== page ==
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Not a life sentence: Heroin study challenges assumptions about long-term outcomes

4 October 2019
Australian study dismantling stigma around heroin addiction

Australia's longest study of heroin addiction by the Australian Treatment Outcome Study (ATOS) is challenging common misconceptions, indicating dependency may not necessarily be a lifelong sentence.

Recent findings from the Australian Treatment Outcome Study (ATOS), Australia’s longest naturalistic study of heroin dependence, indicate that heroin dependence is not necessarily a life sentence, with three in four participants not using heroin at 11-years following study entry. Moreover, a considerable proportion maintained long-term abstinence without the need for ongoing treatment. Researchers from the University of Sydney’s Matilda Centre for Research in Mental Health and Substance Use (the Matilda Centre) and the National Drug and Alcohol Research Centre (NDARC) at UNSW Sydney, say further research is needed to understand what factors made these participants so successful.

Increases in heroin use are contributing to dramatic rises in opioid dependence and opioid-related deaths worldwide, and heroin remains a significant public health issue in Australia. While research has consistently shown that long-term stable treatment is key to achieving positive outcomes, relatively little is known about treatment pathways over the long-term, and which factors are vital for long-term improvement.  

To better understand these relationships over the long-term, the 11-year follow up of ATOS involved re-establishing contact with a cohort of 615 Australians with heroin dependence and reinterviewing them about their substance use and treatment utilisation. The cohort was initially recruited into the study in 2001-02, and were interviewed on six occasions. Findings showed five distinct groups of heroin use and treatment utilisation:

  • A group who reduced heroin use over time while in long-term treatment (17%);
  • A group who achieved long-term abstinence alongside a reduction in treatment utilisation (13%);
  • A group who demonstrated no decrease in heroin use alongside high rates of treatment utilisation (12%);
  • A group who gradually reduced their heroin use alongside a late increase in treatment utilisation (9%); and
  • A group who experienced relapses in heroin use alongside fluctuations (increases or decreases) in treatment utilisation (9%).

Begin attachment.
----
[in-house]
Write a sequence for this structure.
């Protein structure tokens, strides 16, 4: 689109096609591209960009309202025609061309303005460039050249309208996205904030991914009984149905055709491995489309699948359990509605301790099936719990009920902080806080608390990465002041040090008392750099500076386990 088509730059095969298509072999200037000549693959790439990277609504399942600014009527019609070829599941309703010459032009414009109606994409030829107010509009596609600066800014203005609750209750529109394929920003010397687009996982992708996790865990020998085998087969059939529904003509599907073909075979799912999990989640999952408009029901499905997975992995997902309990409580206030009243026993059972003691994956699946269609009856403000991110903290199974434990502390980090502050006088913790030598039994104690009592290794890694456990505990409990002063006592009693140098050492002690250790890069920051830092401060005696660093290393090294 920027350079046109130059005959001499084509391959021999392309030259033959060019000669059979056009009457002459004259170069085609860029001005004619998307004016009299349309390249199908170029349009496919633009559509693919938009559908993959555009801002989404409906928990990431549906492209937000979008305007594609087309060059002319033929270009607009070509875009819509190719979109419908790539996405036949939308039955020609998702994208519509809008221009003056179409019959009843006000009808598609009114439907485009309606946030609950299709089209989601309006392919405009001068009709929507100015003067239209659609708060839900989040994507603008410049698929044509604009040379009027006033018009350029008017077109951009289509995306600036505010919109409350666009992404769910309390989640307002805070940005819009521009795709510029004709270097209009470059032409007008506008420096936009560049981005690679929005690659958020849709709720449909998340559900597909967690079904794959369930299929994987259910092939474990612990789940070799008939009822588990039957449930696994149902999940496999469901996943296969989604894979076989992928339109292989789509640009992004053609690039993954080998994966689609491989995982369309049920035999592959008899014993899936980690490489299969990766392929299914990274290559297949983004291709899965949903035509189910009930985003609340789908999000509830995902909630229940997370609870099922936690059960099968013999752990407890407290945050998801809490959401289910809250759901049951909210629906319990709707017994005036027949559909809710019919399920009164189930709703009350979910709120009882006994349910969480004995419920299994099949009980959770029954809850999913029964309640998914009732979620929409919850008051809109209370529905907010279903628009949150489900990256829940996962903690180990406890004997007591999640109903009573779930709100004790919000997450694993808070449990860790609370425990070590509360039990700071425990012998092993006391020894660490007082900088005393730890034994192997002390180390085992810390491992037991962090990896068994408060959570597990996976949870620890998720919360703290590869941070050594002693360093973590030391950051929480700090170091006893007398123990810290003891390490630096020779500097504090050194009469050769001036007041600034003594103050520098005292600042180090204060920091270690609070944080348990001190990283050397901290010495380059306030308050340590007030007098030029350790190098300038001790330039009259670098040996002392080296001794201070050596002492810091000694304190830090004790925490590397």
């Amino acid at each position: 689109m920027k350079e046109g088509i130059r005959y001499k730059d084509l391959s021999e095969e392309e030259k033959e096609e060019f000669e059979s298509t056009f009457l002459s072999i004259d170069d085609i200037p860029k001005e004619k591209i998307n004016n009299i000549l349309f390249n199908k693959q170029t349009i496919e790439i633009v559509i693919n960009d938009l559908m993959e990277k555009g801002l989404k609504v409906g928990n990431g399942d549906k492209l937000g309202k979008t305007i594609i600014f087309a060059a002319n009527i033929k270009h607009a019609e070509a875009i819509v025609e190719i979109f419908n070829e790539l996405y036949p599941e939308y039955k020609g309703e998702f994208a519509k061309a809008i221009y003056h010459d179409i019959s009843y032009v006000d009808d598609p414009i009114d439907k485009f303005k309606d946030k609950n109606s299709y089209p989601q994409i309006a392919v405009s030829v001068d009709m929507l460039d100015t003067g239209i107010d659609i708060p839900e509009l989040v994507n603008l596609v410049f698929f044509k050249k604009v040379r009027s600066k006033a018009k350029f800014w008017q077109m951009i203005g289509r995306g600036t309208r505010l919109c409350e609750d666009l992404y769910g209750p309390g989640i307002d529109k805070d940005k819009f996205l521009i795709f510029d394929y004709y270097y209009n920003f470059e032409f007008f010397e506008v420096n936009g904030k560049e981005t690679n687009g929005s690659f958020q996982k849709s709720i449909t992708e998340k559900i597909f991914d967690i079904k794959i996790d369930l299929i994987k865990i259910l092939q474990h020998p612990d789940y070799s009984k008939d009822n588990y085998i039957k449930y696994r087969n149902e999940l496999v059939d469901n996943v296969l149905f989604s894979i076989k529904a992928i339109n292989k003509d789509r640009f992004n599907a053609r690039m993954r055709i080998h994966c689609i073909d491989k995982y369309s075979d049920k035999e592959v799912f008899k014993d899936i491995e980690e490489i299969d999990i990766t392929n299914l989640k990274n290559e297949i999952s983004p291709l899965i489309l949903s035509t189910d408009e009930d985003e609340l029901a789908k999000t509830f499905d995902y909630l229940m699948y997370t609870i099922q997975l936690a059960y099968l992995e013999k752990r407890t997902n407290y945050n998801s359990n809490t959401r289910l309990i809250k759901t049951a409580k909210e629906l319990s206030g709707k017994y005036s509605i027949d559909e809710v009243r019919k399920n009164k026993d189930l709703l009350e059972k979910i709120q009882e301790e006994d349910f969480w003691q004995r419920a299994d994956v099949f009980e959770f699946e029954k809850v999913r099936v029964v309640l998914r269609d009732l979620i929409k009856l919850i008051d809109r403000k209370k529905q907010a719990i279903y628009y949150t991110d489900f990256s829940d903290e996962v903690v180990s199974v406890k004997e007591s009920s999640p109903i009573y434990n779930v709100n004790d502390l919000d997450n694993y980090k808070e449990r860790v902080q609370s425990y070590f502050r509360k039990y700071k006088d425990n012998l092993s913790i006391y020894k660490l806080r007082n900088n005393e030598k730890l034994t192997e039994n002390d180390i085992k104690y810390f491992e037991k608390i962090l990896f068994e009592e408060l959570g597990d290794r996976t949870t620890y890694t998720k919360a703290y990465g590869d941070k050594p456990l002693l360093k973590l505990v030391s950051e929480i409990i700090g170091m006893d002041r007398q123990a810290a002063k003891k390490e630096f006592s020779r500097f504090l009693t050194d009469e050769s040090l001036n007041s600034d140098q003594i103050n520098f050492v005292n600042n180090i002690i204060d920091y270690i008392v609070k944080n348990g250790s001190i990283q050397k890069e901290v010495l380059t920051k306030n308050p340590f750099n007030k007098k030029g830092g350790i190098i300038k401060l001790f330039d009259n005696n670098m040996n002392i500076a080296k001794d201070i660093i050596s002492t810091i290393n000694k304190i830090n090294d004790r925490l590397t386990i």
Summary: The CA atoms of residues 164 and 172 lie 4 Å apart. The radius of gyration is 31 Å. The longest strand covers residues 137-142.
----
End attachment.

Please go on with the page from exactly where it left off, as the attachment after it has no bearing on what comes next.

Although treatment responses varied, the finding that 1 in 8 participants demonstrated decreasing heroin use alongside reductions in treatment utilisation, until there was long-term abstinence without the need for ongoing treatment, challenges previous assumptions that long-term abstinence is not possible without ongoing treatment.

“This is exciting, because it shows that heroin dependence is not necessarily the long-term, chronic relapsing condition that we have always considered it to be,” explains Dr Christina Marel from the Matilda Centre, who coordinates the ATOS project. “Many people experiencing heroin dependence can feel as though it’s a ‘life sentence’, which is not only unhelpful and highly stigmatising, but also inaccurate.”

“There are many factors that can influence which pathway a person can take in terms of their heroin use, and we are just beginning to understand how complex the long-term relationships between some of these factors are in a person’s life,” says the Matilda Centre’s Associate Professor Katherine Mills. “There were few factors that were able to distinguish between those who would do really well, and those who might not have such long-term positive outcomes. Further research is needed to untangle these relationships, but this is a great start.”

With further funding from the NHMRC, the ATOS team has recently started the 18-20-year follow-up of the ATOS cohort which will provide vital information on the longer term impact of heroin use and treatment on physical and mental health. The study is being coordinated by Dr Christina Marel and her fellow investigators, including the study’s Chief Investigator, Professor Maree Teesson. Other investigators at the Matilda Centre include Associate Professor Katherine Mills, Associate Professor Tim Slade, as well as NDARC’s Professor Shane Darke and Dr Joanne Ross.  

Interested in learning more about ATOS? Read the latest research findings in Lancet eClinicalMedicine or contact the Matilda Centre at matilda.centre@sydney.edu.au

  1. Marel C, Mills KL, Slade T, Darke S, Ross J, Teesson M. Modelling Long-Term Joint Trajectories of Heroin Use and Treatment Utilisation: Findings from the Australian Treatment Outcome Study. EClinicalMedicine [Internet]. 2019 Aug [cited 2019 Sep 13]. Available from: https://doi.org/10.1016/j.eclinm.2019.07.013
  2. National Institute on Drug Abuse (NIDA). Overdose death rates National Institute of Health. Updated September 2017. Available from: Martins SS, Sarvet A, Santaella-Tenorio J, Saha T, Grant BF, Hasin DS. Changes in US lifetime heroin use and heroin use disorder: prevalence from the 2001–2002 to 2012–2013 National Epidemiologic Survey on alcohol and related conditions. JAMA Psychiat 2017;74:445–55.
  3. Addiction EMCfDaD. European drug report 2017: Trends and developments. Luxembourg: Publications Office of the European Union; 2017.
  4. Australian Bureau of Statistics (ABS). Drug Induced Deaths in Australia. Updated September 2018. Available from:https://www.abs.gov.au/ausstats/abs@.nsf/Lookup/by%20Subject/
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